After Los Angeles County failed for a fourth time during the current pandemic to convince a judge to shut down indoor services at a popular Christian megachurch, the county is moving to evict the congregation from a parking lot it’s been using for 45 years.
Pastor John MacArthur and Grace Community Church of the Valley claim they are being booted from the land used for parking that they have leased nonstop from the county since 1975 as an act of retaliation by the county whose officials have been rebuffed repeatedly by the courts. The church pays the county $8,300 per month in rent for the land, according to the lease.
A letter purporting to signal the end of the church’s lease on a large portion of its current parking lot was issued by the county’s Department of Public Works on Aug. 28, according to the Thomas More Society, a public-interest law firm specializing in religious freedom issues. The letter, which provides a copy of a lease signed by the church and the Los Angeles County Flood Control District and dated July 25, 2001, offers no explanation for the county’s sudden interest in terminating the lease.
The house of worship was given just 30 days to vacate the property its members have been using for almost half a century.
The author of the letter, Mark Pestrella, director of public works, didn’t immediately respond to a request by The Epoch Times for comment.
The county “is retaliating against Grace Community Church for simply exercising their constitutionally protected right to hold church and challenging an unreasonable, unlawful health order,” attorney Jenna Ellis, special counsel to the Thomas More Society, said in a statement.
“In America, we have a judicial system to ensure that the executive branch does not abuse its power, and Grace Community Church has every right to be heard without fear of reprisal. The Democrats’ message to Americans is clear—if you don’t bow to every whim of tyranny, the government will come after you.”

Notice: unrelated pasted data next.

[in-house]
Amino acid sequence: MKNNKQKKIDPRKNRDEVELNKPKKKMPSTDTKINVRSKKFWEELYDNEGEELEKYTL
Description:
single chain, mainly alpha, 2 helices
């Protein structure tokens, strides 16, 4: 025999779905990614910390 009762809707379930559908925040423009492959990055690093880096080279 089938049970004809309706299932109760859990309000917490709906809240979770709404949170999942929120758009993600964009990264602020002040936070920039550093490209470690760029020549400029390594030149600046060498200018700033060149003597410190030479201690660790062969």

The sole reason for the eviction “is because John MacArthur stood up to their unconstitutional power grab,” Ellis said. “This is harassment, abusive, and unconscionable.”
Although efforts to shut down the church have been unsuccessful, the county’s lawsuit continues. The next hearing in the case is set for Sept. 4 in Los Angeles Superior Court.
Los Angeles Mayor Eric Garcetti, a Democrat, has ordered electricity and water turned off at homes and businesses that the county claimed aren’t complying with public health orders aimed at combating the CCP virus that causes the sometimes fatal disease COVID-19.
A month ago, Garcetti said that those hosting what he called “egregious” gatherings amid the pandemic would be punished.
“While we have already closed all bars and nightclubs, these large house parties have essentially become nightclubs,” he said, as reported by Deadline. “The same thing we would do with businesses.”
The county’s most recent request for a temporary restraining order against the church was heard Aug. 24, and the next day, Judge Mitchell L. Beckloff of the Superior Court of California in Los Angeles County denied the order, citing “the absence of new law or circumstances” justifying the granting of the injunction.
California began ordering businesses to close almost six months ago.
On March 19, California Gov. Gavin Newsom, a Democrat, ordered almost all establishments, including churches, to shut down. On June 18, Los Angeles houses of worship were allowed to conduct reduced-capacity indoor operations. Reported cases of the CCP virus began to increase.
In July, most indoor activities were again banned. Places of worship in California are now restricted to a maximum of 25 percent of building capacity or 100 attendees indoors, whichever is lower, and singing and chanting are forbidden.
MacArthur said in court documents that the church suspended in-person services on March 12, before the county or state-issued stay-at-home orders banning large gatherings. Services were conducted online.
But after not holding in-person services for 19 weeks, church elders voted unanimously at a board meeting on July 23 to reopen the church for such services, MacArthur said. Indoor services began July 26 and were followed by a cease-and-desist letter from the county on July 29.